What is Cather saying in these two quotes, and what is the larger meaning? "On the farm the weather was the great fact, and the men's affiars went on underneath it ..." "Look at my papa here; he's...
What is Cather saying in these two quotes, and what is the larger meaning?
"On the farm the weather was the great fact, and the men's affiars went on underneath it ..."
"Look at my papa here; he's been dead all these years, and yet his is more real to me than almost anybody else ..."
The rest of the passages surrounding these quotes serves to give them some context and provide a better explanation.
For example, regarding the weather, it is suggested that this is similar to how "streams creep under the ice". There is motion, but it takes place under a great, immovable object that dominates the action. The weather is the "great fact"; while our lives change, and we worry or make plans, there above us is the weather, literally hovering over us and confronting us with plain reality that we cannot ignore.
The larger meaning of this passage is a reinforcement of the imagery of the American West that Cather works so hard to convey; nature, to the pioneers, was a huge and powerful thing that made human efforts seem small and ant-like by comparison. This serves both to champion the spirit of the people toiling under these conditions and to paint the wilderness as an entity itself.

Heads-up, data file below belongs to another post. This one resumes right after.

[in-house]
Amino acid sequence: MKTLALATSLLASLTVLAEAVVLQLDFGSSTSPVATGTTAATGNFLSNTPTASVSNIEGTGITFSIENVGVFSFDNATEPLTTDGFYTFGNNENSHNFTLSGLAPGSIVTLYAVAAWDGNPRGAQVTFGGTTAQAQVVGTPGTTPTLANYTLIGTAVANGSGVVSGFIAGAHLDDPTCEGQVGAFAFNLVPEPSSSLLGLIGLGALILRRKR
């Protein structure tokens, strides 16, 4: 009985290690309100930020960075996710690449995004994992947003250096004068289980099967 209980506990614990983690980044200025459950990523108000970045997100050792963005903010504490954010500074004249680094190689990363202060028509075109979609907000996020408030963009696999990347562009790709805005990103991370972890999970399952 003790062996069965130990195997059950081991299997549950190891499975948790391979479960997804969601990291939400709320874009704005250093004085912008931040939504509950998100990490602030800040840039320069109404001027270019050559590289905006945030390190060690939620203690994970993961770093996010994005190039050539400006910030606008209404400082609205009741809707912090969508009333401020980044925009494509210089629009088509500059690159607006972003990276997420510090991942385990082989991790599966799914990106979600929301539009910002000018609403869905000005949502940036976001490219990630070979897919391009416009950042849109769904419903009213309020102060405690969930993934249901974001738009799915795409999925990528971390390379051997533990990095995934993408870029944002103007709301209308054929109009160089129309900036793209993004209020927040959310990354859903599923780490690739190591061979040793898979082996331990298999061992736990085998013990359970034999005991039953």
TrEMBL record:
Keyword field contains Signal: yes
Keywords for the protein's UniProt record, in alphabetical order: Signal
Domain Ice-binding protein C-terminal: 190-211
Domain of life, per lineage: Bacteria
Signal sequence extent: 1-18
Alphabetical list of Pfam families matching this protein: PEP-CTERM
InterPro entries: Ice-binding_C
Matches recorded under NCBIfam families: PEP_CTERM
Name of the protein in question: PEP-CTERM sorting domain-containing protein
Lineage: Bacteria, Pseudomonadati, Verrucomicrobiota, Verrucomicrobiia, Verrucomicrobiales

The passage about Antonia's dead father also explains itself; she concludes "The older I grow, the better I know him and the more I understand him." Her father, despite being dead, has never been gone; his presence in her life continued after his death in form of memories and lessons that, perhaps, she was too young to fully comprehend at the time, or that contemplation has added depth to them.
The broader meaning is that people who are important to us make a lifelong impact on our lives, and that physical separation does not influence that heritage. We may even draw an analogy to the position of these characters as orphans and immigrants, that they are never truly alone, but continue to draw strength from their origins. Jim, commenting on Antonia's memory, mentions "immemorial human attitudes which we recognize by instinct as universal and true" - in some sense these are not just memories, but essences, which compose part of the human experience.